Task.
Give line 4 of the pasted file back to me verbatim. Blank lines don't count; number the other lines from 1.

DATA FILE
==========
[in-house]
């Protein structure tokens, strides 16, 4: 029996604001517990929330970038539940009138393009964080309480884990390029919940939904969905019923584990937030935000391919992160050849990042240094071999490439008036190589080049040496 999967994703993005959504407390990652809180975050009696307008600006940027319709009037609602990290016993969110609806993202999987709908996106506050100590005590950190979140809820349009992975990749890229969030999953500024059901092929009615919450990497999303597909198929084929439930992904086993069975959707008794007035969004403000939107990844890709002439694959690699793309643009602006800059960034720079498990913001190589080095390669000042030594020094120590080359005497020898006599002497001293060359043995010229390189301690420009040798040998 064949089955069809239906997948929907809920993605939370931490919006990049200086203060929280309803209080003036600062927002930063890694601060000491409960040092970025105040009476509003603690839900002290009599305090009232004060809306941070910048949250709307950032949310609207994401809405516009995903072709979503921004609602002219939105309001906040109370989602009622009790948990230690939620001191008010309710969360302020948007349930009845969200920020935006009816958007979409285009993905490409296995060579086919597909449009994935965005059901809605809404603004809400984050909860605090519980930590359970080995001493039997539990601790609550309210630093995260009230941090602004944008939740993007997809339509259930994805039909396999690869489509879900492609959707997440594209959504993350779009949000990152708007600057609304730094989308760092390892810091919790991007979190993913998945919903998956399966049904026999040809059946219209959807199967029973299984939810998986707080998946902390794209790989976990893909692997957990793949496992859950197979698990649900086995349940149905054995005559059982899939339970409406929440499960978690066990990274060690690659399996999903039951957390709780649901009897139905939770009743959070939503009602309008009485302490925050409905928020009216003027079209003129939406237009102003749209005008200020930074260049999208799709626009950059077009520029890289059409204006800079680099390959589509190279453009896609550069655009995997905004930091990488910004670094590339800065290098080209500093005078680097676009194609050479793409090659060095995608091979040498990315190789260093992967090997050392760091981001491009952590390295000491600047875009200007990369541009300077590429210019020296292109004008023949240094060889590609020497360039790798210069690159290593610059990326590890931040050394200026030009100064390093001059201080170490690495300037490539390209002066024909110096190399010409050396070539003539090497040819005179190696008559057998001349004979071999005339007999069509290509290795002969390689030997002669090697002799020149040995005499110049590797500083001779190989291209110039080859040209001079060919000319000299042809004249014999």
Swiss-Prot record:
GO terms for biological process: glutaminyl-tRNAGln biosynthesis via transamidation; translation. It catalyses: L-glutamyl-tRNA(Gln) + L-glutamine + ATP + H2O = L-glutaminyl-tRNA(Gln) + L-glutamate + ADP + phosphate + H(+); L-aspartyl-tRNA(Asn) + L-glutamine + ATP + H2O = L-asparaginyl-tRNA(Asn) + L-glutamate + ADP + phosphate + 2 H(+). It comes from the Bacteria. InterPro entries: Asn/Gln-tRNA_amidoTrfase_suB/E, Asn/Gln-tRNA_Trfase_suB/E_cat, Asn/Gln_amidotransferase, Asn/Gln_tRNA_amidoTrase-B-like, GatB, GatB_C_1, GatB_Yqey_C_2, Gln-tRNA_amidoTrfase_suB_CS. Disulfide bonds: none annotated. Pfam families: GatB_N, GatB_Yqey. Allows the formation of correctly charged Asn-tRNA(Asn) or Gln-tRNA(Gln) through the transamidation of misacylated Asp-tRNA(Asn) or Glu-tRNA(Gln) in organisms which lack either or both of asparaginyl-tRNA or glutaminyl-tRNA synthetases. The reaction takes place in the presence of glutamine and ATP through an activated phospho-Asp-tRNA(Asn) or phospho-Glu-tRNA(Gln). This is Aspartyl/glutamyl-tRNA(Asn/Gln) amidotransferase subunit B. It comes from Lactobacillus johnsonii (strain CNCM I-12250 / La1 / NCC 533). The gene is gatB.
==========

GO terms for biological process: glutaminyl-tRNAGln biosynthesis via transamidation; translation. It catalyses: L-glutamyl-tRNA(Gln) + L-glutamine + ATP + H2O = L-glutaminyl-tRNA(Gln) + L-glutamate + ADP + phosphate + H(+); L-aspartyl-tRNA(Asn) + L-glutamine + ATP + H2O = L-asparaginyl-tRNA(Asn) + L-glutamate + ADP + phosphate + 2 H(+). It comes from the Bacteria. InterPro entries: Asn/Gln-tRNA_amidoTrfase_suB/E, Asn/Gln-tRNA_Trfase_suB/E_cat, Asn/Gln_amidotransferase, Asn/Gln_tRNA_amidoTrase-B-like, GatB, GatB_C_1, GatB_Yqey_C_2, Gln-tRNA_amidoTrfase_suB_CS. Disulfide bonds: none annotated. Pfam families: GatB_N, GatB_Yqey. Allows the formation of correctly charged Asn-tRNA(Asn) or Gln-tRNA(Gln) through the transamidation of misacylated Asp-tRNA(Asn) or Glu-tRNA(Gln) in organisms which lack either or both of asparaginyl-tRNA or glutaminyl-tRNA synthetases. The reaction takes place in the presence of glutamine and ATP through an activated phospho-Asp-tRNA(Asn) or phospho-Glu-tRNA(Gln). This is Aspartyl/glutamyl-tRNA(Asn/Gln) amidotransferase subunit B. It comes from Lactobacillus johnsonii (strain CNCM I-12250 / La1 / NCC 533). The gene is gatB.